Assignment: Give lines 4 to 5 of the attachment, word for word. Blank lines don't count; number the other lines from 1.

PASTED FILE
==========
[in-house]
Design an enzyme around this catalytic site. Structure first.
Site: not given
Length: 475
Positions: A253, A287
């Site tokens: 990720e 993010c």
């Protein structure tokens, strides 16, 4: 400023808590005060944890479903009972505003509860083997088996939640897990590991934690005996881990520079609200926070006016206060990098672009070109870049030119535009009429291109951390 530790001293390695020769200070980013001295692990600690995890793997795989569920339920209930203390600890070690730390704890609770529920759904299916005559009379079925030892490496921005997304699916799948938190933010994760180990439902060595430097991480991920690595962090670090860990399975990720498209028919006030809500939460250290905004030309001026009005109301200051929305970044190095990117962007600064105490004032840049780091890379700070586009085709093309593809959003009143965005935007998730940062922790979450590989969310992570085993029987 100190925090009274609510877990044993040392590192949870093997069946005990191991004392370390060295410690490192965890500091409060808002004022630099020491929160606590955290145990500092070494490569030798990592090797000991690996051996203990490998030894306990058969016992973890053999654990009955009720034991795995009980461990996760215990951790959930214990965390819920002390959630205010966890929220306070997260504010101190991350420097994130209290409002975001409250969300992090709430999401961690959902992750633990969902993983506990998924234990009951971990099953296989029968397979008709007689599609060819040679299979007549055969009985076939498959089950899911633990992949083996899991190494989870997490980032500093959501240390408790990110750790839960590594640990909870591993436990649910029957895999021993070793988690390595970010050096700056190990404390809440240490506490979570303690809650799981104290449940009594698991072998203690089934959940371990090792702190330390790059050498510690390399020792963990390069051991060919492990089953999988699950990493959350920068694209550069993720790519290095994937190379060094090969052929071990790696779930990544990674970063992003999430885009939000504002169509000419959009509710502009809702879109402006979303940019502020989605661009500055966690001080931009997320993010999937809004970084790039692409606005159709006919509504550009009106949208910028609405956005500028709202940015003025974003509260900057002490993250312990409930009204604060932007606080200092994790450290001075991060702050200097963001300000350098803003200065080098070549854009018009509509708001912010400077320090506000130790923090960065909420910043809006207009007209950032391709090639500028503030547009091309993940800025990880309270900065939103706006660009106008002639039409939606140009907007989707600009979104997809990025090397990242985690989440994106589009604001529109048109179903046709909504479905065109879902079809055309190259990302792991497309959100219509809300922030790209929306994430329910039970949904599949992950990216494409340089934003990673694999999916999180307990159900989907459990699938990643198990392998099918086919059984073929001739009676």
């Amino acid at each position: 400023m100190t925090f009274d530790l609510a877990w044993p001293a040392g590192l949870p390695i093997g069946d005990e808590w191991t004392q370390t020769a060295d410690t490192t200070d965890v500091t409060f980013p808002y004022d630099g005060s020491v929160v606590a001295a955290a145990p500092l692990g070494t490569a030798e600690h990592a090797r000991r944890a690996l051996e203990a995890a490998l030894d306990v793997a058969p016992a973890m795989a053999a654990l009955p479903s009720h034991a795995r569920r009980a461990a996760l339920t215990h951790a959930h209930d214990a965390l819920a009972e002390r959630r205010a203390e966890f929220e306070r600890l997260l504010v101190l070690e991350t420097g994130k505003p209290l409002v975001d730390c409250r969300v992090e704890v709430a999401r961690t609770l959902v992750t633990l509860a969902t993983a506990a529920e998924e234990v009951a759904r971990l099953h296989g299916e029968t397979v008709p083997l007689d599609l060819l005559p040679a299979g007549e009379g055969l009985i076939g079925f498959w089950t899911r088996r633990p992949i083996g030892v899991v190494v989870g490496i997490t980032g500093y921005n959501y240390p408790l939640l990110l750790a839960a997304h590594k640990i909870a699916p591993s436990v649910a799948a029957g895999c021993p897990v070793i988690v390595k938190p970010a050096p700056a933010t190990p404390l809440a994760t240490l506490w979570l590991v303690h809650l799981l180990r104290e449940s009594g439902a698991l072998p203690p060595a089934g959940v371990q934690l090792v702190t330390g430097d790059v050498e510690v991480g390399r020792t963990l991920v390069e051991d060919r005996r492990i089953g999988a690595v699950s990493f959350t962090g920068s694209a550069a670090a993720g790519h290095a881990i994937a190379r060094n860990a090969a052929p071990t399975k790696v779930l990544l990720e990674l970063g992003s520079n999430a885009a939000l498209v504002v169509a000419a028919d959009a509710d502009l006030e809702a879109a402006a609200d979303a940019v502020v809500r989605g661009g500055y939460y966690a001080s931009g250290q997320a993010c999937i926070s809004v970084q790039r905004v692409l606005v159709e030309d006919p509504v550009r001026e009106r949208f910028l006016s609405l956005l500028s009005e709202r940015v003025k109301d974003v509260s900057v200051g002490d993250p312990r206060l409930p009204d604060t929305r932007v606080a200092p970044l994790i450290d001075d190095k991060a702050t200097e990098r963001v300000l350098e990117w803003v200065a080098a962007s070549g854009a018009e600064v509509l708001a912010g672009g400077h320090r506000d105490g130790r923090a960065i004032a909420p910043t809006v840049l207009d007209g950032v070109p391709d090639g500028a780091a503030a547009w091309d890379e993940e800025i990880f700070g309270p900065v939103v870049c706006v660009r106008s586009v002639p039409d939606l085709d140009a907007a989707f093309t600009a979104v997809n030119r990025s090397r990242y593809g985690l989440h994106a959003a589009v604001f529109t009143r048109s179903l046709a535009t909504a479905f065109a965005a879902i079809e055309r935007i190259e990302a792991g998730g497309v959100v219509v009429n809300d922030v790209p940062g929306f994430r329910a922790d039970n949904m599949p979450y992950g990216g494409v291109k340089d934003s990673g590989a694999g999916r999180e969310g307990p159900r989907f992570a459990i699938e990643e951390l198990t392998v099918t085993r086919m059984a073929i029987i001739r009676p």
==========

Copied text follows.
Length: 475
Positions: A253, A287